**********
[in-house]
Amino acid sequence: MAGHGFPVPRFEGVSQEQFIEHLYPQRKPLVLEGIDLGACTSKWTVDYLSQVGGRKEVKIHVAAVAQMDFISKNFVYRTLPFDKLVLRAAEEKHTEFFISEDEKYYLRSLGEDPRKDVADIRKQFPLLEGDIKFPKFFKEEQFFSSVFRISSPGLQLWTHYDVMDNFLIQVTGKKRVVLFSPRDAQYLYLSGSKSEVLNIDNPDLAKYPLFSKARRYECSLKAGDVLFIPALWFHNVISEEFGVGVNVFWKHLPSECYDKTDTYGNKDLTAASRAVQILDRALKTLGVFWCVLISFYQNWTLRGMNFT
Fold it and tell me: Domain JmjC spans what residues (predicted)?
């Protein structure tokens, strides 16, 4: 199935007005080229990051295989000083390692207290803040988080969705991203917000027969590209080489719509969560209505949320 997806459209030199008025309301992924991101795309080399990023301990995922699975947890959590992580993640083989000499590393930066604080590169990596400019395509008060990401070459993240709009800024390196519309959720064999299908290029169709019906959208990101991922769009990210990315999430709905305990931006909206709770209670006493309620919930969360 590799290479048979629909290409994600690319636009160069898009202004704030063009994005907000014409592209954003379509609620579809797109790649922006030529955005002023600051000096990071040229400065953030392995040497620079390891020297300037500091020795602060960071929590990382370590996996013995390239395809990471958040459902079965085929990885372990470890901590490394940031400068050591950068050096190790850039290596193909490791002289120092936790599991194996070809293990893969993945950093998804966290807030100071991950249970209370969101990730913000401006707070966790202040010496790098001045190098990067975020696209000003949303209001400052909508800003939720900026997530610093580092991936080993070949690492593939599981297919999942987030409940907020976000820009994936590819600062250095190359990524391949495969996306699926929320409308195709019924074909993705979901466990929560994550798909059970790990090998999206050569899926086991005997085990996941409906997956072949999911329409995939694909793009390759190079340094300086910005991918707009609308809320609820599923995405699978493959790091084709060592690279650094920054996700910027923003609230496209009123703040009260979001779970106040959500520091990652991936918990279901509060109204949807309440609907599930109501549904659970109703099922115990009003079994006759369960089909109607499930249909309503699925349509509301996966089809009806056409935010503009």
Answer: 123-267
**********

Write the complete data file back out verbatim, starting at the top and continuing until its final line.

[in-house]
Amino acid sequence: MAGHGFPVPRFEGVSQEQFIEHLYPQRKPLVLEGIDLGACTSKWTVDYLSQVGGRKEVKIHVAAVAQMDFISKNFVYRTLPFDKLVLRAAEEKHTEFFISEDEKYYLRSLGEDPRKDVADIRKQFPLLEGDIKFPKFFKEEQFFSSVFRISSPGLQLWTHYDVMDNFLIQVTGKKRVVLFSPRDAQYLYLSGSKSEVLNIDNPDLAKYPLFSKARRYECSLKAGDVLFIPALWFHNVISEEFGVGVNVFWKHLPSECYDKTDTYGNKDLTAASRAVQILDRALKTLGVFWCVLISFYQNWTLRGMNFT
Fold it and tell me: Domain JmjC spans what residues (predicted)?
């Protein structure tokens, strides 16, 4: 199935007005080229990051295989000083390692207290803040988080969705991203917000027969590209080489719509969560209505949320 997806459209030199008025309301992924991101795309080399990023301990995922699975947890959590992580993640083989000499590393930066604080590169990596400019395509008060990401070459993240709009800024390196519309959720064999299908290029169709019906959208990101991922769009990210990315999430709905305990931006909206709770209670006493309620919930969360 590799290479048979629909290409994600690319636009160069898009202004704030063009994005907000014409592209954003379509609620579809797109790649922006030529955005002023600051000096990071040229400065953030392995040497620079390891020297300037500091020795602060960071929590990382370590996996013995390239395809990471958040459902079965085929990885372990470890901590490394940031400068050591950068050096190790850039290596193909490791002289120092936790599991194996070809293990893969993945950093998804966290807030100071991950249970209370969101990730913000401006707070966790202040010496790098001045190098990067975020696209000003949303209001400052909508800003939720900026997530610093580092991936080993070949690492593939599981297919999942987030409940907020976000820009994936590819600062250095190359990524391949495969996306699926929320409308195709019924074909993705979901466990929560994550798909059970790990090998999206050569899926086991005997085990996941409906997956072949999911329409995939694909793009390759190079340094300086910005991918707009609308809320609820599923995405699978493959790091084709060592690279650094920054996700910027923003609230496209009123703040009260979001779970106040959500520091990652991936918990279901509060109204949807309440609907599930109501549904659970109703099922115990009003079994006759369960089909109607499930249909309503699925349509509301996966089809009806056409935010503009």
Answer: 123-267